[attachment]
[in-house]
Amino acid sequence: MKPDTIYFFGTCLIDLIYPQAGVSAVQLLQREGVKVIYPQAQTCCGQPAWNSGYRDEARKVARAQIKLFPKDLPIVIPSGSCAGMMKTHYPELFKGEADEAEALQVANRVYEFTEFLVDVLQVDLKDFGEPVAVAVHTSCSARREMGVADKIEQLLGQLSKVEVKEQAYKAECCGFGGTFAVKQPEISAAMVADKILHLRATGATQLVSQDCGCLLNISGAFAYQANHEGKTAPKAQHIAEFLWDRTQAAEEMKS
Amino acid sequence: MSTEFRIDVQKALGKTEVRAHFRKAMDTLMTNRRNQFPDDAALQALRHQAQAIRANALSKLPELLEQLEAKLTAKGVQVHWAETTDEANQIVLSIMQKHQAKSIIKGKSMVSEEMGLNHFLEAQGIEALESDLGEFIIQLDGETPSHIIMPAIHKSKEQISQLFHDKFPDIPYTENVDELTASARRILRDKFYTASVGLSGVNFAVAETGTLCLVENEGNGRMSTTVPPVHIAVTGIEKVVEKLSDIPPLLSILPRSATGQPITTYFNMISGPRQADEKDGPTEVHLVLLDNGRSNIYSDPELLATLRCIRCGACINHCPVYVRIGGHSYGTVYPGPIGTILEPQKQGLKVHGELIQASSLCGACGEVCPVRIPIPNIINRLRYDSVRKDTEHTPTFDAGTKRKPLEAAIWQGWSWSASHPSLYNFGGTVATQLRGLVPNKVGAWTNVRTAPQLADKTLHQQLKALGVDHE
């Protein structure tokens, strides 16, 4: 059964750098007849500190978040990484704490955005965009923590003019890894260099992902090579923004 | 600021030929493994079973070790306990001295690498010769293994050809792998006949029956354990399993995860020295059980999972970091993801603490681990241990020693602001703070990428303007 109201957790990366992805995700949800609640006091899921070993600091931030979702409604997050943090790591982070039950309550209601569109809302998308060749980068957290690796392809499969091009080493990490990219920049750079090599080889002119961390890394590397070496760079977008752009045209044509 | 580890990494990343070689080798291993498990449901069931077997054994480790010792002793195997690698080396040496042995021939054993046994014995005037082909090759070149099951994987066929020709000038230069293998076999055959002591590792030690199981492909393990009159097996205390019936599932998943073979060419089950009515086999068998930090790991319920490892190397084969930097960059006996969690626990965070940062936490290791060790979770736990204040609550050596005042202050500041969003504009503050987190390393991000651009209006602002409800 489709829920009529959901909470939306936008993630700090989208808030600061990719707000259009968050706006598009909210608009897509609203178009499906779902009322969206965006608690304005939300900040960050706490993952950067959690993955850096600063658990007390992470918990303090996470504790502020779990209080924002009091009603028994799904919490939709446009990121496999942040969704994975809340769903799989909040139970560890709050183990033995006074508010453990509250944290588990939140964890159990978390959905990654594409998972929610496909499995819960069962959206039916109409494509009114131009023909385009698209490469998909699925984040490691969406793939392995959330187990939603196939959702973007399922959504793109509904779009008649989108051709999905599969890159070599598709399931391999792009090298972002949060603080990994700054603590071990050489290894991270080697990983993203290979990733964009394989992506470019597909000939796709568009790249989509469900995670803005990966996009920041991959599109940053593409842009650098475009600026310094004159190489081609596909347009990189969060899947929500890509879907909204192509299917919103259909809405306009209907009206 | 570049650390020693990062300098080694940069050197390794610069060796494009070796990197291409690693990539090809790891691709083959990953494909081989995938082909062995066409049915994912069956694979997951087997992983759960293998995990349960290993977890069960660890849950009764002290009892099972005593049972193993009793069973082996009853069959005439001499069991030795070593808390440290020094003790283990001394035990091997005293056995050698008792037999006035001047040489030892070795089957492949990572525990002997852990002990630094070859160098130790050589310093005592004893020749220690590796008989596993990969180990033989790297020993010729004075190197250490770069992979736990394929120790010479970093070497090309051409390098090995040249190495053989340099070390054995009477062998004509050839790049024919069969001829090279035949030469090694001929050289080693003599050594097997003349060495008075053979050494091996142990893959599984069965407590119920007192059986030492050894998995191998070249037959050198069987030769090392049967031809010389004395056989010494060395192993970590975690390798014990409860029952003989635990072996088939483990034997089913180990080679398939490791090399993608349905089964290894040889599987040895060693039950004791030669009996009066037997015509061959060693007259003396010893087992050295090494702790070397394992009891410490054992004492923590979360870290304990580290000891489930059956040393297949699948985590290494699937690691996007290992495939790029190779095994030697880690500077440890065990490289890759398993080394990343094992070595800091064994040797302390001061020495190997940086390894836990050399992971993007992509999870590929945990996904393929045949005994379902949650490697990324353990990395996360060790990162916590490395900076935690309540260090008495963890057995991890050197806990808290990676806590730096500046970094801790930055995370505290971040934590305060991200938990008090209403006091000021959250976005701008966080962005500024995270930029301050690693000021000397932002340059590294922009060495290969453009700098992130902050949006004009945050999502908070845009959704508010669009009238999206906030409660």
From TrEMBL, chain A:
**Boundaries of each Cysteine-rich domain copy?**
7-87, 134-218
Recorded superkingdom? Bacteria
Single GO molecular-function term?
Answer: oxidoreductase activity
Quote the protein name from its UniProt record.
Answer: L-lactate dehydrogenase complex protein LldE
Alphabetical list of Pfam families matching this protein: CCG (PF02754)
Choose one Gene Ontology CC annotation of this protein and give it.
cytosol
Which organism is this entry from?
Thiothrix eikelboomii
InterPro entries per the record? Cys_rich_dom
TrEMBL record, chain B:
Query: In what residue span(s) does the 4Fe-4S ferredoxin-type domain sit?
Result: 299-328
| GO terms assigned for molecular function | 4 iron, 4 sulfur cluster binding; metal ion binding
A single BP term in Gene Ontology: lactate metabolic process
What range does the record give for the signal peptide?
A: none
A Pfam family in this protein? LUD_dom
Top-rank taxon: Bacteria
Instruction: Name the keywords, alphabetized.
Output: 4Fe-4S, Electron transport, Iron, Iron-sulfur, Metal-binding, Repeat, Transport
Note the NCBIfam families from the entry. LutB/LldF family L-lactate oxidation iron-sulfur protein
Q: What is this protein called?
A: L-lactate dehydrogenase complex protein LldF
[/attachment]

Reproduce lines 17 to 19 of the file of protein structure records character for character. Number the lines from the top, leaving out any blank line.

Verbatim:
Thiothrix eikelboomii
InterPro entries per the record? Cys_rich_dom
TrEMBL record, chain B: